The media is excited about the “billions” involved. In fact, Paulson made about $1 billion. Which, in the world of investment banking and toxic assets, is akin to Dr. Evil’s ransom claim for “one…million…dollars”.

This argument is so ridiculous, I don’t even know how to address it. Would you like a billion dollars? Nuff said.

Goldman itself lost money on the deal ($90 million), making it a fraud to deceive… itself?

Another ridiculous argument, only possible when someone doesn’t know finance, or knows finance and is trying to be facetious. If Goldman had a long position of 90 mil on Abacus, but was overall short 10 bill on the mortgage market, then they were short the mortgage market and made money. At the end of the day, the big banks look at risk from a portfolio perspective, so the risk manager at Goldman would have said OK we take on 90 mil of mortgage risk here, but we already have a overall very short position in the mortgage market, and we earn 15 mil in fees immediately, so that makes economic sense, let’s do it.

We already know that Goldman was net short the mortgage market, so this whole 90 mil exposure may have been something they took on just to do the deal. The loss on it was more than offset by the short, so it’s completely facetious to only point to the loss.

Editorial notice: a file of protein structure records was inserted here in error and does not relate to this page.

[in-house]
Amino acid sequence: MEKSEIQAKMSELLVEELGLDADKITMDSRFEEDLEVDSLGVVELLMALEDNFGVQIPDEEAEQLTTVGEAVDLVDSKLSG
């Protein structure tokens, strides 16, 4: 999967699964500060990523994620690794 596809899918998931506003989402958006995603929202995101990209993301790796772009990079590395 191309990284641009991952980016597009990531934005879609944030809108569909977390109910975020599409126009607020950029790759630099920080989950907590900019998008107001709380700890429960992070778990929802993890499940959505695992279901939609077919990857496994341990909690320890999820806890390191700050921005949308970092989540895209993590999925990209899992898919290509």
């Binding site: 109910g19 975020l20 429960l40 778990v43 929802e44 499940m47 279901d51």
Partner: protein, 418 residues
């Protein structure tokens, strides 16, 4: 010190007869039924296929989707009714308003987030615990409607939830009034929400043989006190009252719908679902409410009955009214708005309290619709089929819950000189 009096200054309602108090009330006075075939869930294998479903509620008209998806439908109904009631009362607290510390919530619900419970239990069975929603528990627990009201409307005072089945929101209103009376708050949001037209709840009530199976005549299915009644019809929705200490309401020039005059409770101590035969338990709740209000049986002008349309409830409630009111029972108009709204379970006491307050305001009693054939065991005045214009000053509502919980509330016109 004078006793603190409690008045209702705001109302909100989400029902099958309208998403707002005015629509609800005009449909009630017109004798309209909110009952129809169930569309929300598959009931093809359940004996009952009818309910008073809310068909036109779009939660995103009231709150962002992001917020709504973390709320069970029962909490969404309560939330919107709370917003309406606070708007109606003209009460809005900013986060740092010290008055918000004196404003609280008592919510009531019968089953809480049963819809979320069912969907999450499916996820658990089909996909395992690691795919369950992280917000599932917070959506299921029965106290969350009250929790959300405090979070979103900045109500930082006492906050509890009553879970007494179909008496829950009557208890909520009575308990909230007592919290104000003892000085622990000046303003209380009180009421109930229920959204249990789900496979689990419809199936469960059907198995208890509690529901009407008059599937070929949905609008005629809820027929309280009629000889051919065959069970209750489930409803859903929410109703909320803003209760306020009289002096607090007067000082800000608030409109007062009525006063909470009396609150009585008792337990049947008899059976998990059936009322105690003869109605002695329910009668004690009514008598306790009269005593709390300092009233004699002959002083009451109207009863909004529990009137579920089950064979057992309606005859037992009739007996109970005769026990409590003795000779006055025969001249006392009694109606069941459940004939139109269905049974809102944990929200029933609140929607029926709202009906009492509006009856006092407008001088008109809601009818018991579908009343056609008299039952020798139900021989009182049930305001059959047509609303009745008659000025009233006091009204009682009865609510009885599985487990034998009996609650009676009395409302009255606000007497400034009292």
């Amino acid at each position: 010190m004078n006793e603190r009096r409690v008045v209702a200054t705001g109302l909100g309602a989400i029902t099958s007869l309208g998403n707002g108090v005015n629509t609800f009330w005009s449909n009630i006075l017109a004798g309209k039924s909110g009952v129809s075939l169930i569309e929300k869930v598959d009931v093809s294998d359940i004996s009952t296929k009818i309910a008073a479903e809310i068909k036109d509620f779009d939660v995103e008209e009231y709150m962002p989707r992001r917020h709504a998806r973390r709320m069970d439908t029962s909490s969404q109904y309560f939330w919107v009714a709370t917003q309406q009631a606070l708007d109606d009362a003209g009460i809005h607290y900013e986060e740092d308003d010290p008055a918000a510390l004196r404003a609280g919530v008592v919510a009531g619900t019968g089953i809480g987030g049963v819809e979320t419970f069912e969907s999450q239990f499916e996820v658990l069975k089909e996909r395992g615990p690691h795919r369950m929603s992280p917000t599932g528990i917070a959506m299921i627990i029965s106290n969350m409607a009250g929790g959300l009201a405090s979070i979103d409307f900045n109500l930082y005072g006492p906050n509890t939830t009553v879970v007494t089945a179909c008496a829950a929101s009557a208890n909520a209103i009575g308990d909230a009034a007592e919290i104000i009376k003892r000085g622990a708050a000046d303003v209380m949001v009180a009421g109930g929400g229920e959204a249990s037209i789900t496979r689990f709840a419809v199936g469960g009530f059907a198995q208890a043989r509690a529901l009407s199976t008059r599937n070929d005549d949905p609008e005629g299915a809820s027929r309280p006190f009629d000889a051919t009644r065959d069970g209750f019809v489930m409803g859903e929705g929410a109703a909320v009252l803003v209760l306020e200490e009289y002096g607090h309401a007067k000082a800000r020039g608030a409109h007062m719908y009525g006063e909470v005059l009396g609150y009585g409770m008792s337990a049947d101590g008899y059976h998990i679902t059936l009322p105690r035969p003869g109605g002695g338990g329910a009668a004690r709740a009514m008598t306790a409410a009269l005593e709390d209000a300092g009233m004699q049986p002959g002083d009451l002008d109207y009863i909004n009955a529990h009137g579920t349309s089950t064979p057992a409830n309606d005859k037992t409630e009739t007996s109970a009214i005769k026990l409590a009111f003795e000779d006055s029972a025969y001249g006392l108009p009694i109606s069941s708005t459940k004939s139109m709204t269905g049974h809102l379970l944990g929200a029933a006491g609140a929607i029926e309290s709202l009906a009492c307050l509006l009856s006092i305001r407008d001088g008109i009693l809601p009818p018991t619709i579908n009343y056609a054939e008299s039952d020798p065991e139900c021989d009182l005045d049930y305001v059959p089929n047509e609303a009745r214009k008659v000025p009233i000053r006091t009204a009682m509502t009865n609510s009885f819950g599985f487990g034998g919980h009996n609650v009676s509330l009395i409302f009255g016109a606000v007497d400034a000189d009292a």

It appears that only one Goldman executive, Fabrice Tourre (who referred to himself as “Fabulous Fab”) was involved, with no connection to the top executive team.

Well this is the obvious defense, that Fab got himself into this by being a loquacious Frenchman with a flair for words. The fact of the matter is that he was not a rogue trader and that the deal was approved by Goldman’s credit, risk and legal. That means the firm is implicated. How much of the details were made known to the upper level guys remains to be seen, but I think senior management below the C-suite were aware of the details.

Unfortunately for Fab, his comments have been embarassing to the Firm, so any opportunity GS counsel sees to hang him out to dry in order to save the Firm, they will take. He’ll join the long list of ambitious youngsters who have been crucified in the last three years, poor kid.